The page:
What Canada's History Teaches Us About the Feasibility of the One-State Paradigm
Nearly 200 years ago, England's Lord Durham believing he could end the violence between French and British subjects living in Upper and Lower Canada by creating a single state for the two nations. Uniting the two peoples, wrote in his report, would end the "mortal hatred" between them. "Durhanism" was never implemented. Instead, the two colonies were joined in a confederation, with separate legislatures.
In an op-ed for the New Yorker, I respond to Ian Lustick's much-discussed "Two State Illusion" op-ed in the New York Times, I refer to Canada's history of trying to balance French and English national aspirations as an illustration of the pitfalls of bi-nationalism.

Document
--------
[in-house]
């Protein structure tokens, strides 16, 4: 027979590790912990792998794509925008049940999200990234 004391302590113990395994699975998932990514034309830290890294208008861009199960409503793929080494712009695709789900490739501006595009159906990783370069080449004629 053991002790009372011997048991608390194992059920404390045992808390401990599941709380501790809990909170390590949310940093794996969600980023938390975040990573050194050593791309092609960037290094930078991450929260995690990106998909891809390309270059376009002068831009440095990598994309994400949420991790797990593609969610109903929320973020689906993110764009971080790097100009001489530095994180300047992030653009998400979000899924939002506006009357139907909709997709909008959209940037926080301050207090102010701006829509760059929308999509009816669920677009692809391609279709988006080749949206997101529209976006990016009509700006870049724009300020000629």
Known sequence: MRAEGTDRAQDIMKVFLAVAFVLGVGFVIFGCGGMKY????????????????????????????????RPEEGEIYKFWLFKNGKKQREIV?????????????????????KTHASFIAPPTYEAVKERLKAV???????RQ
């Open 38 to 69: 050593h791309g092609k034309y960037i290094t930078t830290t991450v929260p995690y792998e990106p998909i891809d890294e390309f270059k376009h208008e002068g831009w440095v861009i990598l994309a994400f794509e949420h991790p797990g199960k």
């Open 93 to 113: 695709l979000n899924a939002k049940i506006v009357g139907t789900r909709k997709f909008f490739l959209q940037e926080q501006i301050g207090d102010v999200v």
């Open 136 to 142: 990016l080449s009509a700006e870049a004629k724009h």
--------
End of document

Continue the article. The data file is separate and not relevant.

The trouble is, Durham’s plan was less a plan than an expression of exasperation. It proved utterly unworkable, and was quickly forgotten. The “warring nations,” which continued to be at odds, and might always be, did not forge modern Canada that way. Instead, by 1867, a new generation of leaders, John A. Macdonald in English-speaking Canada and George-Étienne Cartier representing the French population, found the formula for the only possible civilized solution: a Canadian confederation, which was careful to leave to the provinces all the powers that Quebec, in particular, needed to preserve French-language education, religious liberty, and civil law. In effect, Canada, at its inception, was two states for two nations, with French Quebec flanked by a combination of English-speaking Ontario and Maritime provinces, sharing what might be shared and exercising sovereignty where necessary. If it looks like one peaceful country now, it got there because of leaders negotiating as if there were two.